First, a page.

Meringue tutu


by Laura Silber


Elizabeth Cecil

Meringues are sensitive to humidity, so choose a baking day with moderate-to-low humidity for the best success.  

As a pastry chef, I had always thought of meringue desserts as members of a class of stuffy old-school recipes, desserts served in fancy hotel restaurants populated by smartly dressed ladies in hats and white gloves, and dapper men in suits with pomaded hair. It was sort of a charming culinary anachronism, along with Bavarians and beef consommé. During my time in restaurant kitchens, I baked meringue desserts only under duress, and although people ordered them steadily and ate them happily, I remained indifferent to their appeal.

But then there was one evening years later at a friend’s birthday party when the hostess made a Pavlova.

“Oh, how charming,” I thought to myself while she presented it. “I’ll have one bite to be polite.” The meringue was huge, filling the china platter, homemade vanilla whipped cream smothered with a mixture of lightly sugared fresh strawberries, blackberries, raspberries, and peaches. The fruits had been slightly crushed with a spoon to release their juices, which ran down in brilliant crimson and purple over the cream and pooled around the base of the meringue.

The first bite was truly a revelation, and one that I still remember vividly. In 20-plus years of cooking professionally, I’ve tasted a lot of things, and there are about a dozen first-taste experiences that I cherish the way some girls sigh about a first kiss. I ate two full helpings of Pavlova that evening and would have begged a third had the other guests not already polished off the platter.

What distinguishes a Pavlova meringue from other meringues is the cornstarch and vinegar in the recipe, which results in a delicately crispy exterior, and a soft sweet interior reminiscent of toasted marshmallow. The construction of the dessert itself is less about the meringue in particular, and more about the interplay between the meringue, the cream, and the fruit. When you bite into a well-composed Pavlova, you taste a combination of flavors, textures, and temperatures all at once: the tart punch of the juice-laden fruits juxtaposed with the cold smoothness of the cream, the satisfying shatter of the meringue’s sweet crust, and the surprising textural depth of the interior.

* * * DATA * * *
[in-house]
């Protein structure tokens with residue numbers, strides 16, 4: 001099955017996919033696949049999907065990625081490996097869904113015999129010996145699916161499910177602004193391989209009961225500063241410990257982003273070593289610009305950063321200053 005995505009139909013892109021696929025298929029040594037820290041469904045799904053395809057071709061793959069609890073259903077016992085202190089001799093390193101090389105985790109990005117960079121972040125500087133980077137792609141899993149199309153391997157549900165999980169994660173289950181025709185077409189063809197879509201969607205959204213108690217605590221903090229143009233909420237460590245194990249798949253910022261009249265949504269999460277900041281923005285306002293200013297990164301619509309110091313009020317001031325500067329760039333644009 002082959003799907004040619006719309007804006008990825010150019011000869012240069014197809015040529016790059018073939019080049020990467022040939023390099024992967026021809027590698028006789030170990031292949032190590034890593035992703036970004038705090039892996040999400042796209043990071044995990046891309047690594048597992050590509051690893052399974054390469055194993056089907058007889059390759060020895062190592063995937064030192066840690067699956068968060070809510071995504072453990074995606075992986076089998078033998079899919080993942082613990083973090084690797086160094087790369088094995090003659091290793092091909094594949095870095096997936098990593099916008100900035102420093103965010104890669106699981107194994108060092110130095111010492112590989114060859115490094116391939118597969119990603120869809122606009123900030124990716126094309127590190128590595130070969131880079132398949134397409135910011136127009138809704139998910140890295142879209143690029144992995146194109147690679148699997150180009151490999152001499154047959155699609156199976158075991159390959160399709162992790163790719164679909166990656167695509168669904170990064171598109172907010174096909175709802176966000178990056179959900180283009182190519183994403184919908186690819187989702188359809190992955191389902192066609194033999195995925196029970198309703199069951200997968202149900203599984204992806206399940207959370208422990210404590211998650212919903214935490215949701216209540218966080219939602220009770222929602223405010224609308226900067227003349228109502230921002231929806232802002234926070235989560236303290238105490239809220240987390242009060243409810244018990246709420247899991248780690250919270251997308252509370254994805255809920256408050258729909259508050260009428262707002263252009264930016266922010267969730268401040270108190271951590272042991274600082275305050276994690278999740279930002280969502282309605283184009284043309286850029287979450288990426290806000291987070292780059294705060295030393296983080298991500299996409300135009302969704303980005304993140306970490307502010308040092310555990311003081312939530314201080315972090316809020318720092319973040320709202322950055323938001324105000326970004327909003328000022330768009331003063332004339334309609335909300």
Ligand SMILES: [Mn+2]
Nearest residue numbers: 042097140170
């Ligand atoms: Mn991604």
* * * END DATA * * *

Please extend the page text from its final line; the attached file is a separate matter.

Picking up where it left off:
The dessert was first presented in 1926 to honor the Russian prima ballerina Anna Pavlova’s tour of New Zealand and Australia. Although both countries have claimed credit for the dessert, most accounts indicate a chef at a hotel in Wellington, New Zealand, as the recipe’s author. The original presentation included fresh berries and sliced kiwis. The delicate cloud of meringue was meant to represent the ballerina’s tutu, and the cream and brightly colored fruits her bodice and skirt overlay, which was embroidered with roses. Most American versions of the recipe call solely for berries, but the addition of peaches into the berry mix is a stroke of regional inspiration that echoes the fleshy fruit of the original kiwi version.

One can diverge from the original recipe by adding chocolate or almond to the meringue, using whipped cream made from coconut milk instead of dairy cream, or changing the fruit topping, which can be fresh or cooked depending on the season. As long as the fruit and cream skirt drapes the meringue tutu, it is still undeniably a Pavlova.